6. #6
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    Just awesome! Baked and waiting the release!

  7. #7
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    Quote Originally Posted by Ex-Cyber View Post
    What I don't understand about most of these software/music/movie/etc. Kickstarter projects is that fans/prospective users ostensibly pay to get it made, but then it's usually still proprietary payware when it comes out,
    Contributors who give more than a pittance generally get a free copy of the games through these projects. I'll be getting a free copy of Pixel Sand for instance, and a free book from the OOTS kickstarter.

    Also keep in mind that the cost of these games when they're released are generally well below "industry standard" game costs. Even if you only kick in $5, you'll help ensure that a $20 game that you would have probably happily spent $30 on will come out. Assuming you're a normal human being who pays for entertainment and doesn't give two shits about Software Freedom, that's still a "good deal" if you look at it that way.

    Fans fund = developer beholden to themselves
    The absolute last thing you want is to be "beholden" to fans. "Fans" are not software developers. They are not game designers. They are not artists or musicians. They are largely a bunch of otherwise nice people who are raving idiots when given any kind of direct control over a product.

    You certainly can't imply that any FOSS project is beholden to any user, donation or not, either. Torvalds doesn't give a crap what you think about the Linux kernel unless you can back up some criticism with working well-written code, for example. Likewise, the GNOME developers are off doing their thing completely indifferent to the opinions of any user who disagrees with them (even ones like me who have donated to the GNOME Foundation in the past).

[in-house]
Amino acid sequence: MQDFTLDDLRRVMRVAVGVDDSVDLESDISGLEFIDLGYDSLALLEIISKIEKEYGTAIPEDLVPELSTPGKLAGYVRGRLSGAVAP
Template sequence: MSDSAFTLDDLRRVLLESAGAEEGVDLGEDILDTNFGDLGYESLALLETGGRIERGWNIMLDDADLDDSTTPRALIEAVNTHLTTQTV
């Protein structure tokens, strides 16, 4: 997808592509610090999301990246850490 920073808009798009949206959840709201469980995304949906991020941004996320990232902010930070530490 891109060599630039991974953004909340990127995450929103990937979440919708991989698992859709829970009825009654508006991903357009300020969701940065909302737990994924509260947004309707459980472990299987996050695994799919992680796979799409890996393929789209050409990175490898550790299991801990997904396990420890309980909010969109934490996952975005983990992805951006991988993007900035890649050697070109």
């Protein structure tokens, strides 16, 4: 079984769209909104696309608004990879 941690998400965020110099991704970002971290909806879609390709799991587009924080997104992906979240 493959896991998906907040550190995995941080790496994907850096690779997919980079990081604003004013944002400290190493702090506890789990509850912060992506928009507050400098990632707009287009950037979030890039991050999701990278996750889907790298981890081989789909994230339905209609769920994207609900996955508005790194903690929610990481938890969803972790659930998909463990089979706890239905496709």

That said, if you disagree with what one of these kickstarter projects is doing, just don't donate. That's where you control comes in. If you don't want to fund a proprietary game, then don't ****ing fund a proprietary game. Simple as that. If you think a game is cool but want it to be FOSS, politely inform the developer that you and others would donate kickstarter funds only if the project is open sourced. Offer some large donation to liberate the source and (if a deal is struck) open your own kickstarter for that amount.

  8. #8
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    Quote Originally Posted by elanthis View Post
    That said, if you disagree with what one of these kickstarter projects is doing, just don't donate. That's where you control comes in. If you don't want to fund a proprietary game, then don't ****ing fund a proprietary game. Simple as that.
    This all sounds very reasonable, but it's the trend I disagree with, not any particular project (as should be clear from my post above). We don't all get genuine opportunities to fund our dream project.